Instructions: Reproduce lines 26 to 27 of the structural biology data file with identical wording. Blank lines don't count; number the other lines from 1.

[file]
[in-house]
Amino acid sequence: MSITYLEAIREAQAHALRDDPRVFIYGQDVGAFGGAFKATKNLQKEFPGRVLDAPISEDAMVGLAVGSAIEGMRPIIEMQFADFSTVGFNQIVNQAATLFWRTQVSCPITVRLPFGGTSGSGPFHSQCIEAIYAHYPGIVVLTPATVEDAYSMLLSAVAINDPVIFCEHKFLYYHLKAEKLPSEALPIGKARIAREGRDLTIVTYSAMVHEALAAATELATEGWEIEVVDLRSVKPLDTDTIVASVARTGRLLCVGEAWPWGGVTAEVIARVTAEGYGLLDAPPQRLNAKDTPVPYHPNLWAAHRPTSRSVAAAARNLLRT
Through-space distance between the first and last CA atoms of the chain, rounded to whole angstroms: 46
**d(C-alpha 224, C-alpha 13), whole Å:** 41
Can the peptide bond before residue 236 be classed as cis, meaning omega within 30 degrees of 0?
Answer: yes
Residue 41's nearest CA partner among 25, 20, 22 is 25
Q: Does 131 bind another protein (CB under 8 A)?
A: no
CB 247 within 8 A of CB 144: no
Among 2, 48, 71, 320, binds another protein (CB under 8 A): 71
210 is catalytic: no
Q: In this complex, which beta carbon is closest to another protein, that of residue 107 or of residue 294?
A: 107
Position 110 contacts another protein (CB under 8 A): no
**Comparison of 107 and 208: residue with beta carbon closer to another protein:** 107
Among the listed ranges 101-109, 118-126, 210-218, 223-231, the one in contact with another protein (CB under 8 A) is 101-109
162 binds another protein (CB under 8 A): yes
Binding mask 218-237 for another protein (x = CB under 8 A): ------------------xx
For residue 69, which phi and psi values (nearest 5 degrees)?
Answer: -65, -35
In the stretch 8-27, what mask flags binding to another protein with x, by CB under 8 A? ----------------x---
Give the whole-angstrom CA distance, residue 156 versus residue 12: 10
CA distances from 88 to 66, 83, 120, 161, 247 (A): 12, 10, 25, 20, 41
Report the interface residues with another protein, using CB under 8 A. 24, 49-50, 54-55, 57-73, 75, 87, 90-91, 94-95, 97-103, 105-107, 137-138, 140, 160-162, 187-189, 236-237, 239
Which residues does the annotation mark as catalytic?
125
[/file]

Which residues does the annotation mark as catalytic?
125